Posted in: Should affordable housing be affordable?
I have to say I'm with Nonny on this one. Clearly, if you're £32 better off a week by working you aren't in any kind of benefits trap. As plenty of others have said, you keep the job, you learn and that soon becomes £300 a week better off.
Ditching that £32 a week so that you can sit in the park reading Tintin is, frankly, an insult to everyone out there that is looking for a job.
As for what's affordable, the rent the guy was paying was clearly affordable already as he can take a £32 a week drop in income without a worry in the world. In this case, I'd say 'affordable' is effectively £32 per week more than he was paying.
Posted in: Impact of the riots on housing
Anon 13/08/2011 12:46 pm
Thank you. I'm glad someone has something slightly intelligent to say on this subject.
At the risk of receiving an invitation to the real world, which I will have to regretfully decline, the situation appears to be:
- Disfunctional family next door
- Kid breaks into shed, nicks bike, then torches shed.
- Kid goes to court, is given some kind of order, whole family being assisted by an organisation called Catch 22.
- Someone breaks into shed again. Police and HA won't do anything because there is no evidence it was this kid.
I can't see what's wrong with this situation. It sounds like the police, the HA and the courts have taken the right action in trying to get this family sorted rather than just evicting them or sticking them in jail for their problems to perpetuate. If someone has broken into the shed, it may be a reasonable assumption that this kid did it but, in the absence of any evidence, it has to be considered equally likely that any one of 6 billion people did it and it would be completely unfair to target one person.
Posted in: Council Housing is not subsidised
Ok Chris, let me put it another way, given that there are large private sector landlords (eg Grainger) investing long-term in residential property throughout the UK, charging higher rents and making more profit, how can Council/Social housing not be subsidised, if only in terms of opportunity cost?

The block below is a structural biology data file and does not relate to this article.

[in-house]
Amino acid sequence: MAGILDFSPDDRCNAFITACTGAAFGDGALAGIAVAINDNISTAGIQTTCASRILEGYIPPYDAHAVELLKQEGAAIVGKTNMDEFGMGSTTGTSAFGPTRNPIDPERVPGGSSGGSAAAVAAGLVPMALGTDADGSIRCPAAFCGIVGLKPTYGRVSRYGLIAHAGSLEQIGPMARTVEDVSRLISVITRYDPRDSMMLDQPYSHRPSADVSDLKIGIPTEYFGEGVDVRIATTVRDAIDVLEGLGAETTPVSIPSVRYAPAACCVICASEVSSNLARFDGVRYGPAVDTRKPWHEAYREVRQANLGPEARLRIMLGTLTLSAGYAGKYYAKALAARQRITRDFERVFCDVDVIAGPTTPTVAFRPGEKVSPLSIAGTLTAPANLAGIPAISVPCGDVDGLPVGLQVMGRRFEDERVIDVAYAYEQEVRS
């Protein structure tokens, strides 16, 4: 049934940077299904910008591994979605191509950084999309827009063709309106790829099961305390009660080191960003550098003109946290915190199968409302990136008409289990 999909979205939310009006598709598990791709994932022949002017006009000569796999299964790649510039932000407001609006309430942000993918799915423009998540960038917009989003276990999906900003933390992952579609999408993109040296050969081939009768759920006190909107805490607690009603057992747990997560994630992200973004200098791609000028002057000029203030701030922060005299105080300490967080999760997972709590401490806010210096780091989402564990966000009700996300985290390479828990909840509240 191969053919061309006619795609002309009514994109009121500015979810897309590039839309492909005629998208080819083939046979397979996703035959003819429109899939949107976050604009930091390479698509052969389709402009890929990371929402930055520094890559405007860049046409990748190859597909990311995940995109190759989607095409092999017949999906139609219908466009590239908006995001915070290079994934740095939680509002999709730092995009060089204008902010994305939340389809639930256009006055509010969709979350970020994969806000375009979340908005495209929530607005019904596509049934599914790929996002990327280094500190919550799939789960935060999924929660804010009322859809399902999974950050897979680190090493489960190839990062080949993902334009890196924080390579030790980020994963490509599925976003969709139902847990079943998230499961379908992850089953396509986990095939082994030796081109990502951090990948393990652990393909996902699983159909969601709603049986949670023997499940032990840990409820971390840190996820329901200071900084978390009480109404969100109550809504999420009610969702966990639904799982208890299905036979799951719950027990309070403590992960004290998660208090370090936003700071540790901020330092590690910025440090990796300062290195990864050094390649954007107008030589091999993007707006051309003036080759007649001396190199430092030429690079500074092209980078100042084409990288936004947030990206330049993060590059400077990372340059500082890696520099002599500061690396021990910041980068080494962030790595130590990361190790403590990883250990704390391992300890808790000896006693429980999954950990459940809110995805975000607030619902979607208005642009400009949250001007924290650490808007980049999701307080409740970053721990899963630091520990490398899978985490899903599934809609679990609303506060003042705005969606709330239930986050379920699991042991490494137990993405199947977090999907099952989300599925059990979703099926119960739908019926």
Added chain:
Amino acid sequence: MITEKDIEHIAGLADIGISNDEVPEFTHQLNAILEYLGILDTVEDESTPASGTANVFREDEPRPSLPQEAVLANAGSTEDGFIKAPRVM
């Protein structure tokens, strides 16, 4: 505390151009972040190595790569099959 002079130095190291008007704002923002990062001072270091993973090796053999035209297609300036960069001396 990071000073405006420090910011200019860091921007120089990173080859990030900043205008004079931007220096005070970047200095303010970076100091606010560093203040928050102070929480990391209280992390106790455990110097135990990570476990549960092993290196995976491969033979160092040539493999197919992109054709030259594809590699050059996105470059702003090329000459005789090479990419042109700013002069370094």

Posted in: Council Housing is not subsidised
I'll try to avoid getting too embroiled here so will ask one question:
If Council/Social Housing is not subsidised and 'profit' is being made and returned to the treasury, why doesn't the private sector provide it?
Posted in: What does the future hold?
An interesting question. I expect London to be almost exactly the same as it is now in both 5 and 25 years time. The housing need is so high and the wealth so vast that it is a genuine housing market across the board, with so many niches that it will continue to operate. I expect the number of transfers to reduce and communities to mature or stagnate, depending on your point of view. The good places will improve, the bad places will go downhill. HAs will continue to merge and the resulting larger organisations will turn more towards market housing in order to create subsidy for social housing. The number of new social homes will reduce in the short term but increase again in the longer term so that we achieve some kind of equilibrium.
Outside London, there will be an increase in social tenancies, with the market driven almost entirely by new affordable housing developments and buy-to-let landlords. Smaller regional towns, especially in the Midlands and North West will become dumping grounds for the poor and needy up until Government incentives attract businesses that bring employment opportunities with them. The towns that have survived the tempest will then being to flourish, at the expense of some of their neigbours. In 25 years, some towns will have had a 'renaissance' and some will be worse than they are already. Overall, everything will be the same, but distributed differently.
Everything in Midsomer will be fine, but people will keep getting murdered.
Posted in: 55,000 silent voices.
I'm completely lost. Why on earth would this be something you would wish to consult with existing tenants on. There are a million different examples of how ludicrous that would be. I suppose the most obvious is if my mortgage lender decided that they were going to consult me on what rate they were going to charge a new customer. I don't care. It's none of my business.
I wouldn't even bother going into questions on value for money, bureaucracy etc. It's just irrelevant.
What is this consultation going to consist of? A questionnaire that says "Do you think us charging someone else, somewhere else a different rent to you is (a) good (b) bad or (c) don't care? PS Whatever you say it's Government policy and we can't change it". Hardly a useful exercise.
Thanks for the answers Dylan. In my view (and I am no lawyer), your actions are unfortunate and perhaps irritating for your landlord, but their beef lies with whoever 'leaked' it from the forum, not you.
1. How did you come to have the document? Was it in the public domain or was it privileged information.
2. Who did you send it to? Were they part of a properly convened and recognised forum and were you allowed, within whatever terms the forum operates under, to distribute the information to them?
Posted in: My Housing Officer is very unhelpful
Anon @ 11:53am:
If the grass is too long but the tenant doesn't know how to use a lawnmower, does that mean the HO should do it? I don't, I should point out, work in housing management in any way, but the amount of time those guys seem to spend fiddling around with stuff like this is ridiculous. They are HOUSING officers, not carers or life coaches. If a tenant has support needs, they need to ask the right people, not just the most convenient person.